Some implantable cardiac devices capture data that may indicate worsening health in patients with heart failure. Cardiologists are beginning to use that information to identify at-risk patients and intervene before their conditions deteriorate and require hospitalization.
Proactive patient care
More than a million people are hospitalized for heart failure in the U.S. annually at a cost of almost $31 billion, according to the American Heart Association (AHA). Readmissions are high, too: Among Medicare beneficiaries alone, 134,500 patients were readmitted within 30 days for congestive heart failure in 2011, for a bill of $1.7 billion, the Agency for Healthcare Research and Quality calculated. The AHA projected that the cost of caring for patients with heart failure could reach $69.7 billion by 2030.
All these dollar signs prompted the Centers for Medicare & Medicaid Services to make heart failure one of three initial conditions that it would target in a program that now withholds up to 3 percent of Medicare reimbursement to hospitals with higher than expected 30-day readmission rates. That gives hospitals an even greater incentive to monitor heart failure patients for early signs of trouble. The simplest method asks patients to weigh themselves daily to detect signs of fluid retention and report back to physicians.
“If their weight goes up, they call their doctor and take more diuretics,” says E. Kevin Heist, MD, PhD, a cardiac electrophysiologist at Massachusetts General Hospital in Boston. But the approach is often hit or miss. “It is a sensitivity/specificity issue. Either you get so many signals that you stop listening or it is not sensitive enough and lots of people get sick and come in before they have this signal.”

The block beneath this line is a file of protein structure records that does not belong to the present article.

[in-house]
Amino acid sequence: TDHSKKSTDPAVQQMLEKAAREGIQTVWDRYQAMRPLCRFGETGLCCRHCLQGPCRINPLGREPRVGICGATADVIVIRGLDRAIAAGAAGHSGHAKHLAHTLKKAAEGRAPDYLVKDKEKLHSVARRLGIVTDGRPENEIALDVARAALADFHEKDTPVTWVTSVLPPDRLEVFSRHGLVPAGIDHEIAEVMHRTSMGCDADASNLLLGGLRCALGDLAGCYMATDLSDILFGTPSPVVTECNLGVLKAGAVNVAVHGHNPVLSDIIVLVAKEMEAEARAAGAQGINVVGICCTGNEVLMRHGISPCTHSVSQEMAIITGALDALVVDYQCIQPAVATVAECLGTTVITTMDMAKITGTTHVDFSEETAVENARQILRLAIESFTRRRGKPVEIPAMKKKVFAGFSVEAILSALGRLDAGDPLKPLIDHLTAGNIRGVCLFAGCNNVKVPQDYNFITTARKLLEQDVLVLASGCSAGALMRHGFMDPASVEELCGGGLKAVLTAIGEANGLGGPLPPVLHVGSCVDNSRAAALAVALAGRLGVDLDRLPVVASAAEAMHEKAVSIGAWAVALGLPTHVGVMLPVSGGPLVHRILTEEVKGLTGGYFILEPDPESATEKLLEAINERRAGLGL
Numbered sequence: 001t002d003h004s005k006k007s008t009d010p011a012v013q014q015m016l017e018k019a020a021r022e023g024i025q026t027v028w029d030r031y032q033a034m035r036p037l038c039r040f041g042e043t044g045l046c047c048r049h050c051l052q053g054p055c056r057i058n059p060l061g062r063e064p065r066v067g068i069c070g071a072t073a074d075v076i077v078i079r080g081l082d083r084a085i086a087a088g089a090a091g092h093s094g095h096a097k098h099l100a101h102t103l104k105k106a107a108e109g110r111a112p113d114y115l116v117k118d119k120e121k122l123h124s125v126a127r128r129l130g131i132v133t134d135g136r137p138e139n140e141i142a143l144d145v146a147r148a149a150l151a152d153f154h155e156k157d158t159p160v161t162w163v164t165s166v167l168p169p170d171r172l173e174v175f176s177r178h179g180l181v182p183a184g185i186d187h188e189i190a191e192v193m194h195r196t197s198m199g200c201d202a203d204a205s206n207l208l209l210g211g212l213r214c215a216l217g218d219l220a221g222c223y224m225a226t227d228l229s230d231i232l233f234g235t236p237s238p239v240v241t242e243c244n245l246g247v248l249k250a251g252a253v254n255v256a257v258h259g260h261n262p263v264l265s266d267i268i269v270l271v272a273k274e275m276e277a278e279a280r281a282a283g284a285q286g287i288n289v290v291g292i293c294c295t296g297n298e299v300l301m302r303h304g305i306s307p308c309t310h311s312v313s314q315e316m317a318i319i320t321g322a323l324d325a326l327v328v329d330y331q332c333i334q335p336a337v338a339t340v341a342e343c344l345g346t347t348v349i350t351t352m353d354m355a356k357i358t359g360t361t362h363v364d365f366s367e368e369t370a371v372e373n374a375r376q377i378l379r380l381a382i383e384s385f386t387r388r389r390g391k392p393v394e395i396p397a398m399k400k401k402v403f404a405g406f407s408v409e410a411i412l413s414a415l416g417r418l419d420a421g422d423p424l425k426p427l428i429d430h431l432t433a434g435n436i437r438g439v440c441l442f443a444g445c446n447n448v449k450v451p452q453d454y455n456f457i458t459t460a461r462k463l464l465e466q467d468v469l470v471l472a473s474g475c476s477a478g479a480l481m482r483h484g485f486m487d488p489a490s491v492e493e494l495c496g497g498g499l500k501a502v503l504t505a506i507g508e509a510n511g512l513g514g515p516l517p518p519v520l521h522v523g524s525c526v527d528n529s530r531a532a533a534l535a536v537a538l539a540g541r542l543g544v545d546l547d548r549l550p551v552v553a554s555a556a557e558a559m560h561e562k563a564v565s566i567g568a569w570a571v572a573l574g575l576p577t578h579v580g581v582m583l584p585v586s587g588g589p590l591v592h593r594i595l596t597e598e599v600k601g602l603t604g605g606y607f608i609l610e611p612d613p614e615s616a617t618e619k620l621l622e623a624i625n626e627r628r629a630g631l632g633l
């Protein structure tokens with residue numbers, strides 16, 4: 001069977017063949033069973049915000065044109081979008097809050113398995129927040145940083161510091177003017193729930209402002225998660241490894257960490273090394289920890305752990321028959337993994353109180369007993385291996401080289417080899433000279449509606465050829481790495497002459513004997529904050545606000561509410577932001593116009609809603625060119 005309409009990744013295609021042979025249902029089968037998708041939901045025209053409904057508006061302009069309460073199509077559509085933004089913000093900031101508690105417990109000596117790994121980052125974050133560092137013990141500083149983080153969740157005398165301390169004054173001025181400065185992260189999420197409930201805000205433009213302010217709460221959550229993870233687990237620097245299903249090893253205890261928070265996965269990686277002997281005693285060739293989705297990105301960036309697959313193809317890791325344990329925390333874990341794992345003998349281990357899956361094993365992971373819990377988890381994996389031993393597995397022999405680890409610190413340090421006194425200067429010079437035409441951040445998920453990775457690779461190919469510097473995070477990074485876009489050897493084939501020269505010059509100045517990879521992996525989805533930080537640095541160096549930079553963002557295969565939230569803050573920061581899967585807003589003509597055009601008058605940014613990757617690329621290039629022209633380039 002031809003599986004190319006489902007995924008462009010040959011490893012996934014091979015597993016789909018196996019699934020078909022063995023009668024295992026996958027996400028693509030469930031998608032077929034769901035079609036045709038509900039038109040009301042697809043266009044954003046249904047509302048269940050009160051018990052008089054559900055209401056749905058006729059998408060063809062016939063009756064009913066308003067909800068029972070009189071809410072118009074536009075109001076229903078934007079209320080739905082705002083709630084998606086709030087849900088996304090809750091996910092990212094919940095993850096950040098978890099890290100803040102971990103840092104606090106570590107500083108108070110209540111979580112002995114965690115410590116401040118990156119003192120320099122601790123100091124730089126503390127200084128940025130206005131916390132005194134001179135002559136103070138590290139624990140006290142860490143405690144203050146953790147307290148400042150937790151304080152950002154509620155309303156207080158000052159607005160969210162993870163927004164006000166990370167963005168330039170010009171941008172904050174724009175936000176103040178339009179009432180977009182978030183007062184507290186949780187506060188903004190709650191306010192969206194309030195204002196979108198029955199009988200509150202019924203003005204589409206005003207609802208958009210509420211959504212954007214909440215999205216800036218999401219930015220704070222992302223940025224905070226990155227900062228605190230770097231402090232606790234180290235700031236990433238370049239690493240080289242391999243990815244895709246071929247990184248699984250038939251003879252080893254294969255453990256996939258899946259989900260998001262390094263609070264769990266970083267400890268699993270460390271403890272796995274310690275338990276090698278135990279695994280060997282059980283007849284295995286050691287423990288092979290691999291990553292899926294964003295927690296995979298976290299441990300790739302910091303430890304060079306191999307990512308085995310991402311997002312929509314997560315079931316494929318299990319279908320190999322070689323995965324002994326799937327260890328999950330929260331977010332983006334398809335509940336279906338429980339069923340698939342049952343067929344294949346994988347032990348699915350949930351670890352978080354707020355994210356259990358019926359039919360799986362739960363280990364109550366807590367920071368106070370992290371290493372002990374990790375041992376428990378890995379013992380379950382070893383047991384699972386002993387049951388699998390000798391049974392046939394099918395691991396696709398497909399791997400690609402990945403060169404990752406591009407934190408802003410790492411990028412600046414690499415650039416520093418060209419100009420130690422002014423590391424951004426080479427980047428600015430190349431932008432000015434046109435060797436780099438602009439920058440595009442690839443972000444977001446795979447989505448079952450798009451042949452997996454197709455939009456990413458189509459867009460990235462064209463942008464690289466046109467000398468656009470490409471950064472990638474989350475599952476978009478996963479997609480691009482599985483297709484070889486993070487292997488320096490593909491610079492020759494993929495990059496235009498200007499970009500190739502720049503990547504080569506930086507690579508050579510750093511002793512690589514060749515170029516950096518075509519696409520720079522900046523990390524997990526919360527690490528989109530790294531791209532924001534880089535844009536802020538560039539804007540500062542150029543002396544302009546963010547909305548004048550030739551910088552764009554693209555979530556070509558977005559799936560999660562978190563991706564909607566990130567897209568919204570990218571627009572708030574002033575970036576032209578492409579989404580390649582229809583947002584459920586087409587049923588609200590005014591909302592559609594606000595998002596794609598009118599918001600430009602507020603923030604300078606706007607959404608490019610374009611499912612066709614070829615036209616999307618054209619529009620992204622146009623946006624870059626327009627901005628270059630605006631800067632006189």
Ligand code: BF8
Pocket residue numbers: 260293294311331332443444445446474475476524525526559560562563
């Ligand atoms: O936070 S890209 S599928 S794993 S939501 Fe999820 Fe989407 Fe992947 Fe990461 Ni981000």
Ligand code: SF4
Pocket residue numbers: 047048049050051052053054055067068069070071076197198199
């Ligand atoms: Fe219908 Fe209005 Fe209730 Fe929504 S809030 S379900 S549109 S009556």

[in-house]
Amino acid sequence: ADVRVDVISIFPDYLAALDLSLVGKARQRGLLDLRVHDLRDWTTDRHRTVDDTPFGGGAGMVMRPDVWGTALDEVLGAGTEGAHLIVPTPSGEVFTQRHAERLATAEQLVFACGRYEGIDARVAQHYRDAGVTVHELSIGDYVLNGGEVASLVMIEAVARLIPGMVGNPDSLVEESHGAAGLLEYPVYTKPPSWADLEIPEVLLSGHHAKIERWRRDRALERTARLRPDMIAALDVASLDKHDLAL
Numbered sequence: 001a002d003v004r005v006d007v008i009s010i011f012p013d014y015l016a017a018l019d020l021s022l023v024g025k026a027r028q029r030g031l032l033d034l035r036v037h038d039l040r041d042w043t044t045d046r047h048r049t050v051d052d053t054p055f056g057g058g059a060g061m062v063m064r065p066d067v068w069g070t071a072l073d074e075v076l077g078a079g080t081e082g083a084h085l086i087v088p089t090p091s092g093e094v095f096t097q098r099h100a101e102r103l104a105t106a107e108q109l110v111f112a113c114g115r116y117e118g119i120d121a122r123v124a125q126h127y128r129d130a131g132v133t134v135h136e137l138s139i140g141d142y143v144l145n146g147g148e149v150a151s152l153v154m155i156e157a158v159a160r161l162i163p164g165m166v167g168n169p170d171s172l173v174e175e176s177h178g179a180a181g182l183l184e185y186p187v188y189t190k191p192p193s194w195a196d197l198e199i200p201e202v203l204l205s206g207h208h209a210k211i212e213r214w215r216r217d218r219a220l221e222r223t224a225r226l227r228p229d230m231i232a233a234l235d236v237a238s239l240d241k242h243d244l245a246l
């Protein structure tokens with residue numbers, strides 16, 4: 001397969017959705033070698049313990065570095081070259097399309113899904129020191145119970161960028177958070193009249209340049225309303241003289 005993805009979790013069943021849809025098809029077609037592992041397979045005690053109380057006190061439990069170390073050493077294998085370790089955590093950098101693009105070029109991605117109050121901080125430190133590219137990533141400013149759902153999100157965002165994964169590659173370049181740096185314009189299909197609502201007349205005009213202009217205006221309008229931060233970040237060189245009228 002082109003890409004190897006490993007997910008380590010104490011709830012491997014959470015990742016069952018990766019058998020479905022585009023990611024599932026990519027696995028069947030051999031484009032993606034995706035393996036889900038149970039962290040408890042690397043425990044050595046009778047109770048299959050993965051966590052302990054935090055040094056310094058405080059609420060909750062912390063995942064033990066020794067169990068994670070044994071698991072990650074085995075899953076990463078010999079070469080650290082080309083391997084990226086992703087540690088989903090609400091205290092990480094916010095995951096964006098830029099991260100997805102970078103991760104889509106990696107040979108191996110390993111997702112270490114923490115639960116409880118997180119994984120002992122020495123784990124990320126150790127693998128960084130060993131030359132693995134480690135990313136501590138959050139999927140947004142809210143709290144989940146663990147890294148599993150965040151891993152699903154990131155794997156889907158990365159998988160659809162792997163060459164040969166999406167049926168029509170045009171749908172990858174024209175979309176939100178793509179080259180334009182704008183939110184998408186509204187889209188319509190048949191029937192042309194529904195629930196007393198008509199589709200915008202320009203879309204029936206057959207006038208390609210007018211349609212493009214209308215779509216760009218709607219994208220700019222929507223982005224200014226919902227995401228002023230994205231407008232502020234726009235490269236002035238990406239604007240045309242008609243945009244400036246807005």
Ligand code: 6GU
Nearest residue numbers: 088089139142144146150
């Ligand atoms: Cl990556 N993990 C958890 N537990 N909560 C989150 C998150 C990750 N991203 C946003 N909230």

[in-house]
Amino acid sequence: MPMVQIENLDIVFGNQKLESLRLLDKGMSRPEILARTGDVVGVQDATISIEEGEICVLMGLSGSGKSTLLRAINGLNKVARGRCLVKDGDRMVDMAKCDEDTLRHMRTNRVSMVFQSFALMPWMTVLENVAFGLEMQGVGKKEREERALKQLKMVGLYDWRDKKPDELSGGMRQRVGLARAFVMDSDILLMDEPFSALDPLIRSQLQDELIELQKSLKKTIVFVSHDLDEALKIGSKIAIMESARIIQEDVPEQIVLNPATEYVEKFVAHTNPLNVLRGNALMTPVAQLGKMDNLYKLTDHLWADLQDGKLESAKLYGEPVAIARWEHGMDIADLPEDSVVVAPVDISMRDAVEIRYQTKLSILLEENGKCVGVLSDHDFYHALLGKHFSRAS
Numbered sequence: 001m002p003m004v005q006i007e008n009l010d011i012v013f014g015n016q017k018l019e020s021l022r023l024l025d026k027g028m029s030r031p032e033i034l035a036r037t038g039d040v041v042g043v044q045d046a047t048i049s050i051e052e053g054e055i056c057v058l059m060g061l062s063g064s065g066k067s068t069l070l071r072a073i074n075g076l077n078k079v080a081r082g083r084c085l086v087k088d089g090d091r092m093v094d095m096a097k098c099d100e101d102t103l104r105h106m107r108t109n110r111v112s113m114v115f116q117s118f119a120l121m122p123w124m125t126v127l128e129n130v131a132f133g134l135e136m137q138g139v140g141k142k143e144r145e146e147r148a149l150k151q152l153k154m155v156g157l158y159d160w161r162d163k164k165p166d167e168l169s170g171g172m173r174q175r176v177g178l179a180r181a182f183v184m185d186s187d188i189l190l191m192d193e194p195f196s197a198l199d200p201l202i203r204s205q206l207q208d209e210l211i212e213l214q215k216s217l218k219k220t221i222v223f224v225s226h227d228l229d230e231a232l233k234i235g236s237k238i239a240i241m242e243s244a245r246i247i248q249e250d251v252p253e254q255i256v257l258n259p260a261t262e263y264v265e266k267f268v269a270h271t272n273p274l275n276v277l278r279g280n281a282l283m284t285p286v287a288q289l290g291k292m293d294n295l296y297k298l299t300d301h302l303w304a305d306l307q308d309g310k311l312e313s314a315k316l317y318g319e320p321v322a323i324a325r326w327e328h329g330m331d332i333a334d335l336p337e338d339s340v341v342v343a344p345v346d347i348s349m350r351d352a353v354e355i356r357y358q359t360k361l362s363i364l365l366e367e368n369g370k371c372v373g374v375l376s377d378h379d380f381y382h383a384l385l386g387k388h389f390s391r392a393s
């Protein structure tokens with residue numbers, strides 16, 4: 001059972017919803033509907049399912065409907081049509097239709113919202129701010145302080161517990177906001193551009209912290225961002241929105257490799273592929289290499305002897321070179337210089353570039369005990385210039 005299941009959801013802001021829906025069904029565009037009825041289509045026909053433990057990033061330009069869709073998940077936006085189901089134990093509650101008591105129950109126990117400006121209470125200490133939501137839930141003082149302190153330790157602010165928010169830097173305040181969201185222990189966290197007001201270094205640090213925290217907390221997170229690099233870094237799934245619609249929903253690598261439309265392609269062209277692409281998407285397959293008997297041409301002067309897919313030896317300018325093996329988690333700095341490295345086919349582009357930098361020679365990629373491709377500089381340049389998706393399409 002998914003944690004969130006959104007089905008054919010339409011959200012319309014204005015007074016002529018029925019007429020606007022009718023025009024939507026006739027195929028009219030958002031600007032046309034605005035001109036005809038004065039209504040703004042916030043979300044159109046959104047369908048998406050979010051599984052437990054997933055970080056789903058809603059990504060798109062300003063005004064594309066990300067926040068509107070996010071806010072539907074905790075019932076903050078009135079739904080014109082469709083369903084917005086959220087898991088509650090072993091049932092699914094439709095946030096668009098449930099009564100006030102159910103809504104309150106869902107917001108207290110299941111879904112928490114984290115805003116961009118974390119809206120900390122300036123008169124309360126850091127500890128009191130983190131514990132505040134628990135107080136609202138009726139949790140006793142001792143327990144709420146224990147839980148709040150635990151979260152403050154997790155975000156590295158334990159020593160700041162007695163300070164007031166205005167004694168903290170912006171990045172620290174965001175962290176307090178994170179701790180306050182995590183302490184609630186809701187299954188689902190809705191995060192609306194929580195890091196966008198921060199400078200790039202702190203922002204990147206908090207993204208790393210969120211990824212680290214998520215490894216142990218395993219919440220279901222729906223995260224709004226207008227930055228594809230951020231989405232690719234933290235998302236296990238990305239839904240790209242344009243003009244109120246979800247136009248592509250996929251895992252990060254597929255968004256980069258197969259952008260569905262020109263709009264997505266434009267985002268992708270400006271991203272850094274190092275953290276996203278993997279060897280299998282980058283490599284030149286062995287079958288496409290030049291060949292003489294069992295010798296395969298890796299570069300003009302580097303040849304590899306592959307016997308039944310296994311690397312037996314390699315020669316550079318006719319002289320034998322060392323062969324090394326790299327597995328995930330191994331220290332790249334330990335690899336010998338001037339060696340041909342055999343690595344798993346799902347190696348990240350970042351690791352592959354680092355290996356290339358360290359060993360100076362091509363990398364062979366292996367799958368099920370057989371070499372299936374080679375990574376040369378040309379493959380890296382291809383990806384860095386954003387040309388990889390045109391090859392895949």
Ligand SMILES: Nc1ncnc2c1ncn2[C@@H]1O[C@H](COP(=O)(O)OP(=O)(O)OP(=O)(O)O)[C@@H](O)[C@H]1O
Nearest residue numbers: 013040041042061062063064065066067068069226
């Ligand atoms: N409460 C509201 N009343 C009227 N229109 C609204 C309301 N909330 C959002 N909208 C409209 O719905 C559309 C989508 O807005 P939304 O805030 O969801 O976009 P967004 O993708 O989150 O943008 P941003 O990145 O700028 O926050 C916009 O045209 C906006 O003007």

Rather than rely on such blunt instruments, physicians now have an opportunity to get to the heart of the matter, literally. Using implantable devices, they hope to spot signs of early decompensation remotely and intervene before the patient’s condition worsens and he or she needs hospitalization. Two different options have emerged as contenders: standalone devices that are prognostic but not therapeutic and therapeutic devices that could do double duty to predict risk.
“Features embedded in cardiac resynchronization devices [CRT-Ds] and implantable cardioverter-defibrillators [ICDs] have proven to be of some value, particularly in predicting risk,” says William T. Abraham, MD, of the Ohio State University Heart and Vascular Center in Columbus. In one recent study, Abraham and other researchers showed they could stratify patients at risk of heart failure hospitalization using diagnostic notifications in CRT-Ds with defibrillation capability (Heart Lung 2015;44:129-136). “They kind of tell us which patients to worry about more and less but they don’t provide data that are actionable on a day-to-day or week-to-week basis.”